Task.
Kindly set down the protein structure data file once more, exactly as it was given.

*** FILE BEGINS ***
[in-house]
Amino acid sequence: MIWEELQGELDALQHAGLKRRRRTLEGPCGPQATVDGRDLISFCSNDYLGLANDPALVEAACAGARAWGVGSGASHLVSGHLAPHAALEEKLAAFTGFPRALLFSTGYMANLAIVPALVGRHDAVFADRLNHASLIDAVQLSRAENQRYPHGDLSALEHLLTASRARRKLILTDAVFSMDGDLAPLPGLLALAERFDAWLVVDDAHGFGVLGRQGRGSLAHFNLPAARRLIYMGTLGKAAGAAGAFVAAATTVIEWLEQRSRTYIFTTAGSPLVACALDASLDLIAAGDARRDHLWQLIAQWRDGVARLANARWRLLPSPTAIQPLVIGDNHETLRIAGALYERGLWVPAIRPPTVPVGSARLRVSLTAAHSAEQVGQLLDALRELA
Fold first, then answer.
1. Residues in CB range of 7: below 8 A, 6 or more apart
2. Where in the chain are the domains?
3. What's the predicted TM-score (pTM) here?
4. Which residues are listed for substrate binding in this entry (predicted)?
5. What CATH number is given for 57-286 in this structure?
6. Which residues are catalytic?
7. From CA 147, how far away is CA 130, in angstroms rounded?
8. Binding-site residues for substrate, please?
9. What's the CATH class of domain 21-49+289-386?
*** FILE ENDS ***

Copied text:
[in-house]
Amino acid sequence: MIWEELQGELDALQHAGLKRRRRTLEGPCGPQATVDGRDLISFCSNDYLGLANDPALVEAACAGARAWGVGSGASHLVSGHLAPHAALEEKLAAFTGFPRALLFSTGYMANLAIVPALVGRHDAVFADRLNHASLIDAVQLSRAENQRYPHGDLSALEHLLTASRARRKLILTDAVFSMDGDLAPLPGLLALAERFDAWLVVDDAHGFGVLGRQGRGSLAHFNLPAARRLIYMGTLGKAAGAAGAFVAAATTVIEWLEQRSRTYIFTTAGSPLVACALDASLDLIAAGDARRDHLWQLIAQWRDGVARLANARWRLLPSPTAIQPLVIGDNHETLRIAGALYERGLWVPAIRPPTVPVGSARLRVSLTAAHSAEQVGQLLDALRELA
Fold first, then answer.
1. Residues in CB range of 7: below 8 A, 6 or more apart
2. Where in the chain are the domains?
3. What's the predicted TM-score (pTM) here?
4. Which residues are listed for substrate binding in this entry (predicted)?
5. What CATH number is given for 57-286 in this structure?
6. Which residues are catalytic?
7. From CA 147, how far away is CA 130, in angstroms rounded?
8. Binding-site residues for substrate, please?
9. What's the CATH class of domain 21-49+289-386?